Honey scam couple fined

A COUPLE who bought cheap honey and sold it to shopkeepers falsely claiming it was made in Norfolk have been fined £8,000 and ordered to pay £90,000 costs.

A COUPLE who bought cheap honey and sold it to shopkeepers falsely claiming it was made in Norfolk have been fined £8,000 and ordered to pay £90,000 costs.

William Baker, 59, and his wife Lynn, 55, from Bury St Edmunds, carried out a “deliberate and dishonest scam” by using honey from countries such as Argentina and China in their product, a court heard.

They were found guilty of 12 counts of obtaining property by deception following a three-week trial at King's Lynn Crown Court in December last year.

A further 12 charges of making a false description of food were ordered to lie on the file.


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Sentencing the couple yesterday at Norwich Crown Court, Judge Alasdair Darroch said: “This was a lengthy and persistent deception involving a number of wholly innocent traders who were selling honey which was not of the quality demanded.

“I have no doubt that this was an entirely dishonest activity, although there was some legitimate honey production.

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“I have already indicated it is not necessary to send you to prison and I am not going to do so.”

Judge Darroch fined Mr Baker £5,000 and Mrs Baker £3,000, with no separate penalty for the other charges.

He added: “I consider you were dishonest. You consider yourselves the victims, which you most decidedly were not.”

He ordered each to pay £35,000 towards prosecution costs and £10,000 towards defence costs.

He also ordered the forfeiture of the honey equipment and remaining honey.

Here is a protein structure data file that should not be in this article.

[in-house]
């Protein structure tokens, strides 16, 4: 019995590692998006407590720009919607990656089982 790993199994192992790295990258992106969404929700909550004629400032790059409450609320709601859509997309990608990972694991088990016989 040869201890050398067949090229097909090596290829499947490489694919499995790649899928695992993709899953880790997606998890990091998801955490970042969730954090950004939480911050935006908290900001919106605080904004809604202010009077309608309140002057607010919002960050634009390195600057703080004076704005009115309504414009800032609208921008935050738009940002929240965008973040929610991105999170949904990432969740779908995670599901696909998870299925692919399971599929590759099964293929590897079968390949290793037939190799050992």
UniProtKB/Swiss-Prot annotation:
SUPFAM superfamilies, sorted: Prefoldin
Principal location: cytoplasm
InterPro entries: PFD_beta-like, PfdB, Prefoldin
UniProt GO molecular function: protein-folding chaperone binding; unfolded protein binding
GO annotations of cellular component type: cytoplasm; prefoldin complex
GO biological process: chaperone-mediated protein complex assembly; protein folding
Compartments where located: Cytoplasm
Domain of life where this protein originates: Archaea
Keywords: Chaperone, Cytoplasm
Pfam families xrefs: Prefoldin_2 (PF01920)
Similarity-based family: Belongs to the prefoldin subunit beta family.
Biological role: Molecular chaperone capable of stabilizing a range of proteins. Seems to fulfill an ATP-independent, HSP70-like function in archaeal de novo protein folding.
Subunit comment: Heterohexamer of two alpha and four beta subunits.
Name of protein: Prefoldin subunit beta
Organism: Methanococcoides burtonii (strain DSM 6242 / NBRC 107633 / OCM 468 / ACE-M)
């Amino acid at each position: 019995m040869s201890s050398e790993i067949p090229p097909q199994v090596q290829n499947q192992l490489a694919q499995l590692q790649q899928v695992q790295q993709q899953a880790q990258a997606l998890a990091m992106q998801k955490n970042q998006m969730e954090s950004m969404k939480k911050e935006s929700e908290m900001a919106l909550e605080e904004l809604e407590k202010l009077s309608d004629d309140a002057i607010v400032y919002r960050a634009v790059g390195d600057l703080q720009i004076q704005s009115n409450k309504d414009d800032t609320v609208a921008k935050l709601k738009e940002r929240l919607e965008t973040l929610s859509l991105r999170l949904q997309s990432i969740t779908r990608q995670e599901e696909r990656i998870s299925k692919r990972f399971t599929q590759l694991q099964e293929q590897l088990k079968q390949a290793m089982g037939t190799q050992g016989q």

During the trial, the court heard that the Bakers supplied customers with 17.7 tonnes of the falsely- named product between January 2001 and September 2003.

The jars bearing the the label Norfolk honey were then unwittingly sold by dozens of small businesses across the county.

Sales on “honey runs” around greengrocers, butchers, post offices and other traders in Norfolk during that time were said to have totalled nearly £70,000.

The Bakers' actions only came to light when a beekeeper became suspicious and Norfolk County Council's trading standards department was alerted.

During his opening speech, Miles Bennett, prosecuting, said: “In short it was a scam and quite a deliberate and dishonest scam.”

He added: “This was a cottage industry on a rather larger scale.”

Speaking after the hearing, David Baldry, assistant head of Norfolk County Council's trading standards department, said: “In terms of food cases this is the largest one we have ever had and we are very pleased with the outcome.

“This is about the livelihood of our genuine producers of Norfolk honey, who clearly invest a lot of time and money in their businesses, and it is important that we as an enforcement authority protect them.”

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